N2 - Isolated farm trees are a distinct feature of the Australian landscape, previously part of a forested landscape, until extensive clearing occurred for agricultural purposes post European settlement. A majority of studies has focused on the beneficial effects of tree clusters, such as shelter belts and windbreaks and little pertains to characterizing the role of isolated farm trees (also referred as isolated farm trees, IFTs). IFTs are generally older than their tree cluster counterparts, with little to no chance of regenerating in a grazed landscape. Both tree clusters and IFTs contribute to the health of the soil by increasing soil nutrients, protecting pastures and stock from harsh weather, reducing erosion levels, providing habitat for vertebrate and invertebrate species and increasing agricultural productivity. With the loss of the IFTs from the landscape, the many benefits they provide have also been lost. The purpose of the study was to examine the role IFTs have on enhancing soil health in pastures using physical, chemical and biological soil-health indicators. Leaf litter and soil sampling and soil CO2 efflux readings were made from beneath the canopy and in the surrounding pasture of nine isolated farm trees (Eucalyptus melliodora, E. viminalis, and E. bridgesiana) in Central-west Tablelands of NSW in spring 2014 and autumn 2015. The results indicate IFTs enhance soil health in pasture landscapes with greater arthropod abundance and diversity, higher rates of soil respiration, greater concentrations of total nitrogen and phosphorous, and lower levels of soil compaction closer to the tree compared with surrounding pasture landscape. Collectively these findings point to a positive influence on soil health in grazed pastures by isolated farm trees.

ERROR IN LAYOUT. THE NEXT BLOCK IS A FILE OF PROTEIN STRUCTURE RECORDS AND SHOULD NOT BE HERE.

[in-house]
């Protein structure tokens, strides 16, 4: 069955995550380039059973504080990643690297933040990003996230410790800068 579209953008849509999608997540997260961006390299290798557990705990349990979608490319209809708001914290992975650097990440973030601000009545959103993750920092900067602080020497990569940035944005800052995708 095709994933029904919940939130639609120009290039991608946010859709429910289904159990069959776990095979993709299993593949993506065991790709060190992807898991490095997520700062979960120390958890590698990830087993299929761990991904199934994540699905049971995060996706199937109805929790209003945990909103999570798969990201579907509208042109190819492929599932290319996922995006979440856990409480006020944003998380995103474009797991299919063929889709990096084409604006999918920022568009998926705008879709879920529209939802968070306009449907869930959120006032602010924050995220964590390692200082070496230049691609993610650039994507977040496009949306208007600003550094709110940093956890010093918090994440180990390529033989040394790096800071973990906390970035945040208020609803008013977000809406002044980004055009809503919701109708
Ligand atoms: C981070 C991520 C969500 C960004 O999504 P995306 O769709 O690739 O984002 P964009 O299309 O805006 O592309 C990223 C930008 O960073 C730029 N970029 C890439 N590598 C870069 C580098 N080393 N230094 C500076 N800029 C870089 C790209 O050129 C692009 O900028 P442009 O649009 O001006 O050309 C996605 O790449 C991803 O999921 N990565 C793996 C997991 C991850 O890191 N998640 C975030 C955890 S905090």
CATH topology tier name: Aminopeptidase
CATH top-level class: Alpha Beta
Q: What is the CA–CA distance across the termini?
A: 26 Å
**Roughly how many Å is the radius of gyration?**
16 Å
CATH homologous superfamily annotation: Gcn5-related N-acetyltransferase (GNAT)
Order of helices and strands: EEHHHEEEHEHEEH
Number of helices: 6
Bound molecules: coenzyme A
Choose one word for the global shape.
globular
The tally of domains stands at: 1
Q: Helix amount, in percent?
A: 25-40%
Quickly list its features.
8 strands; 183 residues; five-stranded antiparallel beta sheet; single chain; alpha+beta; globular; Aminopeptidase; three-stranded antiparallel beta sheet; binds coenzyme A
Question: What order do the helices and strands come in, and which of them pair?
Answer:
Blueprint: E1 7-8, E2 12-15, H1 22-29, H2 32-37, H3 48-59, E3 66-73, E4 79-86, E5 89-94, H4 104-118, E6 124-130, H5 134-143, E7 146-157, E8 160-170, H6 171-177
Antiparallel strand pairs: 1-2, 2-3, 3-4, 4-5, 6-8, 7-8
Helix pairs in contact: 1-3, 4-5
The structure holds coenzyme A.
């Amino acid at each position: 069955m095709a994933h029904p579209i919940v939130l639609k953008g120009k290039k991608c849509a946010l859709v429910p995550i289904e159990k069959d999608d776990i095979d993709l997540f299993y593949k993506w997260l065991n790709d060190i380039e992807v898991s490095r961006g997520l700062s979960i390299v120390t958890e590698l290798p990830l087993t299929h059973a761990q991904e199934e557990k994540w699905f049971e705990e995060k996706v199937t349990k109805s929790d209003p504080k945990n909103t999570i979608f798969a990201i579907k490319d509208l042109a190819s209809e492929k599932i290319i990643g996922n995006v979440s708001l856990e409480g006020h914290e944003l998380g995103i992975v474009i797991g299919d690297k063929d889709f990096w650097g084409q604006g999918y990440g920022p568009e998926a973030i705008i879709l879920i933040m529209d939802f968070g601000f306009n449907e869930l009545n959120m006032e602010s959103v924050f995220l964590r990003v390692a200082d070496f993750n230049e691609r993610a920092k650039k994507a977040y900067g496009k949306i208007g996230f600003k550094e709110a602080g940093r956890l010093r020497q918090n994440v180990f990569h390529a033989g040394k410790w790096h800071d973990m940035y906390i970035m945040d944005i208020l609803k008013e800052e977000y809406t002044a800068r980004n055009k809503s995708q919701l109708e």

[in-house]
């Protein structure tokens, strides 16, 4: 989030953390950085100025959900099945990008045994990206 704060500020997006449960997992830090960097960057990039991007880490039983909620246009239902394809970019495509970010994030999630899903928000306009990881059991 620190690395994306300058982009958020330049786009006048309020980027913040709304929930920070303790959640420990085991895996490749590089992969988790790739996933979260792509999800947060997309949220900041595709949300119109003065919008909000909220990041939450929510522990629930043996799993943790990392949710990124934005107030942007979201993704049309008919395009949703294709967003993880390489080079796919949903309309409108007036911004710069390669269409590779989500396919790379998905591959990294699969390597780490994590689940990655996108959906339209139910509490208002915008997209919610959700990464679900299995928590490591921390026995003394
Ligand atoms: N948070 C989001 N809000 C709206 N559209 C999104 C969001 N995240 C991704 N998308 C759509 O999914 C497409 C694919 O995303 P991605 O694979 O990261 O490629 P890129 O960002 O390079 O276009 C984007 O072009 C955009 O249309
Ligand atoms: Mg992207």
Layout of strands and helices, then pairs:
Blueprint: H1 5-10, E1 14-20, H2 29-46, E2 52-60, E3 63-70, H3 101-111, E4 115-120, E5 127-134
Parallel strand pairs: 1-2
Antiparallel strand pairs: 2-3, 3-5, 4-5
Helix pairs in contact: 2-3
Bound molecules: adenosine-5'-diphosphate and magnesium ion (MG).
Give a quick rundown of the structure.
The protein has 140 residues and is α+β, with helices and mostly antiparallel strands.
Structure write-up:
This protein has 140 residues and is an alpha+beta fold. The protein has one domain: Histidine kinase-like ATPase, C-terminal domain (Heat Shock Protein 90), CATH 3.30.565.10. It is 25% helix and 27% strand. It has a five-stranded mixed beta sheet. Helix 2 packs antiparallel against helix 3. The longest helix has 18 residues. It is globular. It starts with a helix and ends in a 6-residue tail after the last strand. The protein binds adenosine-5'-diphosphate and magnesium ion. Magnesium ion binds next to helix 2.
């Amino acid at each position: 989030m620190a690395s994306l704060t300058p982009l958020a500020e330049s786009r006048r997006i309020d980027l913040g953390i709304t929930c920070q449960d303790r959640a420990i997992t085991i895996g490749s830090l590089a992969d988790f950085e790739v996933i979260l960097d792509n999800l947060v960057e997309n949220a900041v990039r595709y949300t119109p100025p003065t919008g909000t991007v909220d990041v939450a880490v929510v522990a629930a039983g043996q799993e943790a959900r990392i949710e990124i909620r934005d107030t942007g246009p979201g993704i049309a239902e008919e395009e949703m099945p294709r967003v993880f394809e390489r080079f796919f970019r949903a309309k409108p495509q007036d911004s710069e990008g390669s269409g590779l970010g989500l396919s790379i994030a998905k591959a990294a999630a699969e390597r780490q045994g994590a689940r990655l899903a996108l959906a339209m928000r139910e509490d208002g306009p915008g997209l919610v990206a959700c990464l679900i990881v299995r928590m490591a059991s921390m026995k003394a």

AB - Isolated farm trees are a distinct feature of the Australian landscape, previously part of a forested landscape, until extensive clearing occurred for agricultural purposes post European settlement. A majority of studies has focused on the beneficial effects of tree clusters, such as shelter belts and windbreaks and little pertains to characterizing the role of isolated farm trees (also referred as isolated farm trees, IFTs). IFTs are generally older than their tree cluster counterparts, with little to no chance of regenerating in a grazed landscape. Both tree clusters and IFTs contribute to the health of the soil by increasing soil nutrients, protecting pastures and stock from harsh weather, reducing erosion levels, providing habitat for vertebrate and invertebrate species and increasing agricultural productivity. With the loss of the IFTs from the landscape, the many benefits they provide have also been lost. The purpose of the study was to examine the role IFTs have on enhancing soil health in pastures using physical, chemical and biological soil-health indicators. Leaf litter and soil sampling and soil CO2 efflux readings were made from beneath the canopy and in the surrounding pasture of nine isolated farm trees (Eucalyptus melliodora, E. viminalis, and E. bridgesiana) in Central-west Tablelands of NSW in spring 2014 and autumn 2015. The results indicate IFTs enhance soil health in pasture landscapes with greater arthropod abundance and diversity, higher rates of soil respiration, greater concentrations of total nitrogen and phosphorous, and lower levels of soil compaction closer to the tree compared with surrounding pasture landscape. Collectively these findings point to a positive influence on soil health in grazed pastures by isolated farm trees.

KW - Bulk Density

KW - Invertebrates

KW - Isolated Trees

KW - Soil Arthropods

KW - Soil Respiration

KW - Total Nitrogen.

KW - Total Phosphorus

M3 - Article

VL - 42

SP - 93

EP - 107

JO - International Journal of Ecology and Environmental Sciences

JF - International Journal of Ecology and Environmental Sciences

SN - 0377-015X

IS - 2

ER -